Another corner of this first room. On the lower right is a threading machine. This would cut a thread on a bolt, such as the one held in it now. The power for the machines would have come via pulleys, which would have in turn been powered via a steam furnace. Behind this room, there was a Vulcanized Rubber Tyre fitting machine for placing solid rubber tyres on ash and elm carriage & cart wheels.
A ‘Mustad’ horse nails box, now containing small rivets. When I asked David about his stocks of nails, he replied he had ‘some sizes of Cut Nails, Horse Shoe Nails, Wagon Wheel Nails & Carriage Rivets… Mustad Nails, Clasp Nails, Twisted Bright Wire Nails and the usual everyday Round Wire Nails, Ovals, Floor Brads, Annular Ring Nails, Panel Pins, Blued Tacks…’. And I suspect that was just the start!
I gingerly walked out over the modern roof, (with David’s guidance) and took a shot looking back at the first floor doors from the outside. Where I am standing now, would have meant I would have been hovering 15ft in the air over a street, if we went back 150 years.
Looking from the outside into the second, farthest room.
And looking back toward the main courtyard space. If you look at the doors, you can see the swingarm that would have swung out and allowed people to lift goods up from the street and in through the doors.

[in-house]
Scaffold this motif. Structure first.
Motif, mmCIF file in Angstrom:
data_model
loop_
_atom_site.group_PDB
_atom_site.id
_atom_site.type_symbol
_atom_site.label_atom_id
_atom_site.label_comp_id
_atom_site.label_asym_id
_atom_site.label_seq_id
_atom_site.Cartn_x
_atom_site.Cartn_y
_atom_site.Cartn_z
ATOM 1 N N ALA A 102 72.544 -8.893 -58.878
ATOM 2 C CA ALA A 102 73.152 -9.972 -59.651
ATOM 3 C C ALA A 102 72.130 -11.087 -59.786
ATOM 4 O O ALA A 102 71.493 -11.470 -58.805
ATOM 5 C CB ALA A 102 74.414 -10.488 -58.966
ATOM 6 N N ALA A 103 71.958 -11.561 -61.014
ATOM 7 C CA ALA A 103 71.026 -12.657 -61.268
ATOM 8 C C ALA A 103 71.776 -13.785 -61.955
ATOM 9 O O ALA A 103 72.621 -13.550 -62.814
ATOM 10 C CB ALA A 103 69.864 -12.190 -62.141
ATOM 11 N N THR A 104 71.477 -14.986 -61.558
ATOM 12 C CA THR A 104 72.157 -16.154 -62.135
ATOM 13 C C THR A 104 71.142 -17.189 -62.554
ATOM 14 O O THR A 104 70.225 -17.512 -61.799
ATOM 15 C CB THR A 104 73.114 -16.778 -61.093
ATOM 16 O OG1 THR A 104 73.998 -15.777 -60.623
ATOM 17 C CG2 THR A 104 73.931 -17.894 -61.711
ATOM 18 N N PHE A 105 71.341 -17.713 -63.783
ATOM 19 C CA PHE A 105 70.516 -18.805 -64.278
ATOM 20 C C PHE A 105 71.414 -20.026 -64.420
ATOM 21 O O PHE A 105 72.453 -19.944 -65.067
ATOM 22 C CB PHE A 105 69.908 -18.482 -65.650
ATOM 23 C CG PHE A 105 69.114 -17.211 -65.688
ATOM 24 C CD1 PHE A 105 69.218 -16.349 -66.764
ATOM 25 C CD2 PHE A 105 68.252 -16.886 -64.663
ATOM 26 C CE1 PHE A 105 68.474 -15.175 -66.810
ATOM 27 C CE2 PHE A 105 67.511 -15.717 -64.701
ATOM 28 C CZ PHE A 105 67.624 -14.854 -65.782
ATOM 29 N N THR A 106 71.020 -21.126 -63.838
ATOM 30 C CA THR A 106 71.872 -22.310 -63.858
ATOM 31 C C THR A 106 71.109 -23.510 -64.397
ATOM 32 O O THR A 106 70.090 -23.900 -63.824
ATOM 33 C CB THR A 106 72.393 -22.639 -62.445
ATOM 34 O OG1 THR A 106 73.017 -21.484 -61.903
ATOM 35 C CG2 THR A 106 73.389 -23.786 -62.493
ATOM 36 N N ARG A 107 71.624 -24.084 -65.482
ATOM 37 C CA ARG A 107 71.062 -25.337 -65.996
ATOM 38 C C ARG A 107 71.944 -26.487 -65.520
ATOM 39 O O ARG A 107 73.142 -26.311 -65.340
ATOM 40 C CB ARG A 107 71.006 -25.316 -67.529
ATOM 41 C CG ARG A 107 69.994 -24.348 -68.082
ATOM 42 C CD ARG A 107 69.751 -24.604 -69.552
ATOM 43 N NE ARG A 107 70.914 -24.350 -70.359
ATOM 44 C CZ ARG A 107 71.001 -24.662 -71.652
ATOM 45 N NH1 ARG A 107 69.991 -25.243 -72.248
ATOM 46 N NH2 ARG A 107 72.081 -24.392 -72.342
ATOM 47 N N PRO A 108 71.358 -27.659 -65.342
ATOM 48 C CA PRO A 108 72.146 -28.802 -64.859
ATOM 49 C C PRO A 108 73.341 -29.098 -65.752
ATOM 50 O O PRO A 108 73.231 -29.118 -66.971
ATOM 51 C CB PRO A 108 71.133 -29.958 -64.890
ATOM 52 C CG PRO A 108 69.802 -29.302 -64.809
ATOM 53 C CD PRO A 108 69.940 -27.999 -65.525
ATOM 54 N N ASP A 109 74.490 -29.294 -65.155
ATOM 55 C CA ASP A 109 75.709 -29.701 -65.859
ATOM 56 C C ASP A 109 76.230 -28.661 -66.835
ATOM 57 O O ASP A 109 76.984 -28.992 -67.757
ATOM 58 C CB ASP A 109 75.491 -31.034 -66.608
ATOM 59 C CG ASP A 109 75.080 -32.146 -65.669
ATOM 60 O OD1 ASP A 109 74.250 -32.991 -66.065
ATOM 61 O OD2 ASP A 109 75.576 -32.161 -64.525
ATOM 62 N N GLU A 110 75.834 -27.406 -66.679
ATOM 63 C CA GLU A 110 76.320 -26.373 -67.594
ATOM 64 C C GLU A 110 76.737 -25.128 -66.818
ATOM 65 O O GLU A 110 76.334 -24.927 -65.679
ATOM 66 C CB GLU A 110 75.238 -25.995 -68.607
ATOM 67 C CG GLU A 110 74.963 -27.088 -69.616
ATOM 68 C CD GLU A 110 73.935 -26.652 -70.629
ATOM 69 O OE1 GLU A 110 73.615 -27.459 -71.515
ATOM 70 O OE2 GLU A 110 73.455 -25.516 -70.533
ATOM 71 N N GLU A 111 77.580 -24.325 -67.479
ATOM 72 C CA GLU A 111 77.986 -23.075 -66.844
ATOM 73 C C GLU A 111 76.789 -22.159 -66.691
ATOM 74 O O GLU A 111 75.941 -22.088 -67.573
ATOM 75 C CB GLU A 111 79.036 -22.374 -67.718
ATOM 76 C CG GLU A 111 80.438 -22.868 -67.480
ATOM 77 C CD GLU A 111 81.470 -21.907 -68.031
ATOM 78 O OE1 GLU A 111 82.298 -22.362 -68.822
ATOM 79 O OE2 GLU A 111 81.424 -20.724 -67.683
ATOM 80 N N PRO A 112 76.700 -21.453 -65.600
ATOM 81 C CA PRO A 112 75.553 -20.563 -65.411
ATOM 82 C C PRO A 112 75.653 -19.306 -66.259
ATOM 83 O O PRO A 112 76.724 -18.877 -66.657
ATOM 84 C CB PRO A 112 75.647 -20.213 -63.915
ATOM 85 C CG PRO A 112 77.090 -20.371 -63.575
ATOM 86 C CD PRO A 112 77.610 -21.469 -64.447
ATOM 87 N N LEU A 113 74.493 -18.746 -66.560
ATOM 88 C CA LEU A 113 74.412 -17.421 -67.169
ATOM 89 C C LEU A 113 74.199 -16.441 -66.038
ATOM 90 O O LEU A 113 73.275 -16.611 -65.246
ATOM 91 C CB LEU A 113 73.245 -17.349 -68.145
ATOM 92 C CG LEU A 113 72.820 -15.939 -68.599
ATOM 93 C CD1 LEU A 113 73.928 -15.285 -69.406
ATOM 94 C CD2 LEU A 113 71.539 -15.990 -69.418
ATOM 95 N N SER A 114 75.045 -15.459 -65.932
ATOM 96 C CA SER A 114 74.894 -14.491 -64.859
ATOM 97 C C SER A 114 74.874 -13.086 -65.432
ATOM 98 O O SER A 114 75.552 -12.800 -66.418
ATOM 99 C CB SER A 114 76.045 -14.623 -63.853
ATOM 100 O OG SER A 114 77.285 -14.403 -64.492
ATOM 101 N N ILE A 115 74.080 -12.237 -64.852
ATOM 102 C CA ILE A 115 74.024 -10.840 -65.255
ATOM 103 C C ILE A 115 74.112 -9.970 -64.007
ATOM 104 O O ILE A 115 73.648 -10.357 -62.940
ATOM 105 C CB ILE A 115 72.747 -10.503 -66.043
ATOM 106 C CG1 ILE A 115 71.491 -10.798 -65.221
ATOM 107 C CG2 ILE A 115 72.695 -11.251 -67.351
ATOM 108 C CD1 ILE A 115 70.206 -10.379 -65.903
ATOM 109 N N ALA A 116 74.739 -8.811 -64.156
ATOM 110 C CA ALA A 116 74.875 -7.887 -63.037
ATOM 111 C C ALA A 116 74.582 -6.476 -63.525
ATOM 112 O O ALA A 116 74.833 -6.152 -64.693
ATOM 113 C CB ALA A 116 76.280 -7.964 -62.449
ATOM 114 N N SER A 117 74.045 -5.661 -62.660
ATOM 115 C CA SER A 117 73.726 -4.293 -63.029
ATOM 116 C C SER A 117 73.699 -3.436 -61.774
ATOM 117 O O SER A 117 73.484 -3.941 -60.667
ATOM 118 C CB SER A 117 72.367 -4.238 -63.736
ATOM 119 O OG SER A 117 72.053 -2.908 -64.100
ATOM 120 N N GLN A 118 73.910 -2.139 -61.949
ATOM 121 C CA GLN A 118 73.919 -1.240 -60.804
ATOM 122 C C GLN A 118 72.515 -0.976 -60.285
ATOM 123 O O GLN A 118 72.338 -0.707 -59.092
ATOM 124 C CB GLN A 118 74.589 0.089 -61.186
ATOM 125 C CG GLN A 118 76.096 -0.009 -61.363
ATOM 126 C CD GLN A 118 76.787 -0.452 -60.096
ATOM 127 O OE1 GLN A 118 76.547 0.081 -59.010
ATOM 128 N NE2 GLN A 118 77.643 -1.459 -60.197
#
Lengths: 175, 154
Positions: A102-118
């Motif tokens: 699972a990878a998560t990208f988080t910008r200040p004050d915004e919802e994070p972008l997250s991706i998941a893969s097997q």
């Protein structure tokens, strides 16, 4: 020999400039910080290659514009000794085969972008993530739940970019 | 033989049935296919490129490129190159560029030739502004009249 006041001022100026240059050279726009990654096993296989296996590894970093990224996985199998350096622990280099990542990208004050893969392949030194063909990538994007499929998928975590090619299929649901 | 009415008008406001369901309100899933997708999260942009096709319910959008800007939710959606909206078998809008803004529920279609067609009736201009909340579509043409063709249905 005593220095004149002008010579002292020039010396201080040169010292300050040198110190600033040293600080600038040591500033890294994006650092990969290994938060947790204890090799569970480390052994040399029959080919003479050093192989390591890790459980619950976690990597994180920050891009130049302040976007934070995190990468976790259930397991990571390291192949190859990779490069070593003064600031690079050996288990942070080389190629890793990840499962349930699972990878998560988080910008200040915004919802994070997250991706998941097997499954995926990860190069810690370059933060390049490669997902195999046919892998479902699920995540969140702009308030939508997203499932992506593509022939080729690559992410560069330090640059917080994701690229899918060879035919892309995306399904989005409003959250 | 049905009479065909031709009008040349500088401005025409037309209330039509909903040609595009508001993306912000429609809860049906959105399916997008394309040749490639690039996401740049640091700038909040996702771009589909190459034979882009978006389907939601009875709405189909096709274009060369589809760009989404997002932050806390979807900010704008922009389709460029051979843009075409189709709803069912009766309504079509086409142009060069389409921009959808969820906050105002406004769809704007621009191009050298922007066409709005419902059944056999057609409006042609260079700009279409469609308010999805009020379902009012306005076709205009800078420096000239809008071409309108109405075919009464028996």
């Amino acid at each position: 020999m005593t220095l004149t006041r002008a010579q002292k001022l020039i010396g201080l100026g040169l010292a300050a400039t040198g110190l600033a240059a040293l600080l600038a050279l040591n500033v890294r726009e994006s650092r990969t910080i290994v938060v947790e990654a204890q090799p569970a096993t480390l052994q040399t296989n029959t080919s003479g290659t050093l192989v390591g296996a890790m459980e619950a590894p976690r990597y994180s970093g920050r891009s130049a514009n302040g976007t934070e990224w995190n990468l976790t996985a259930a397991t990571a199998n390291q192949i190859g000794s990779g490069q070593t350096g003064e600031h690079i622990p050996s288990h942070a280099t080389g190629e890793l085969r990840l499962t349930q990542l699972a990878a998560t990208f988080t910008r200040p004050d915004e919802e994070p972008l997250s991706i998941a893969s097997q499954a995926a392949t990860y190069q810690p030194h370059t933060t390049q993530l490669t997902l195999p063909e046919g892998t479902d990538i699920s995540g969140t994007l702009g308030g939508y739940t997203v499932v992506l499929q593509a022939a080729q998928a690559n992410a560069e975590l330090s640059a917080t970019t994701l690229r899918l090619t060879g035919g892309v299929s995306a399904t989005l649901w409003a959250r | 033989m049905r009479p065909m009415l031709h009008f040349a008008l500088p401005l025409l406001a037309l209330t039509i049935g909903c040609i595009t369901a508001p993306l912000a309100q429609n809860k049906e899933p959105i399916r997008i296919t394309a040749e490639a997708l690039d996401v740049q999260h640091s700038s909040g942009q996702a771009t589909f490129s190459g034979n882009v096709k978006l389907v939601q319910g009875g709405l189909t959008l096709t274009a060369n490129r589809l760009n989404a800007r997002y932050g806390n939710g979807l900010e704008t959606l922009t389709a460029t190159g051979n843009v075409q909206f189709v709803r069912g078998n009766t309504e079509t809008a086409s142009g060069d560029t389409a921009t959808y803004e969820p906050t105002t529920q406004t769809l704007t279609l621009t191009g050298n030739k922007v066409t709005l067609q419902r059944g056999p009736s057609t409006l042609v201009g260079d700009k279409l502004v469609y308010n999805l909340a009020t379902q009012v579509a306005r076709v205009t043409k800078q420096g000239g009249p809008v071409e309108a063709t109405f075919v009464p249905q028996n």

Inside the second room.
Another shot of the stock shelves. Pretty much all these shelves in the premises have been built as needed. A lot are made of ply, sandwiched in galvanised panels, so they are incredibly strong and well-made.
Walking back down the steps, we go through the modern shop area and go up some wooden steps into the office area.
‘You can’t make a craquelure finish like on those panels’, said David. This comes from burning coal and the earlier years when everyone smoked in the office.
An old pencil sharpener from the 50’s sits on the wall. It works superbly of course, unlike a lot of the plastic crap we are sold these days.
A wonderful photograph hangs on the wall of the office, circa 1880-1890, and shows W H Clark as it looked back then. The railway bridge is still there today, but it doesn’t have steam trains puffing across it any more. Next to W H Clark you can see the Chandler & Wiltshire Brewery, now no longer there.
Another view into a corner of the office. W H Clark used to supply the GWR (Great Western Railway), and in turn the GWR supplied W H Clark with wooden panels which they lined their train carriages with. These panels now line the main office.
Looking out from the next door room over the roof toward the workshop rooms.
The sight gladdened my heart. This is a presentation case made by ‘GKN’- Guest Keen & Nettlefolds, a leading manufacturer in the Midlands, of fasteners such as screws, bolts and the like. This case was built to show their products for the Festival of Britain in the summer of 1951. Funnily enough, my father worked as a sales manager for that firm. He died when he was much too young, but he would have chuckled to see me poring over this case, whilst visiting this wonderful Hackney business, W H Clark.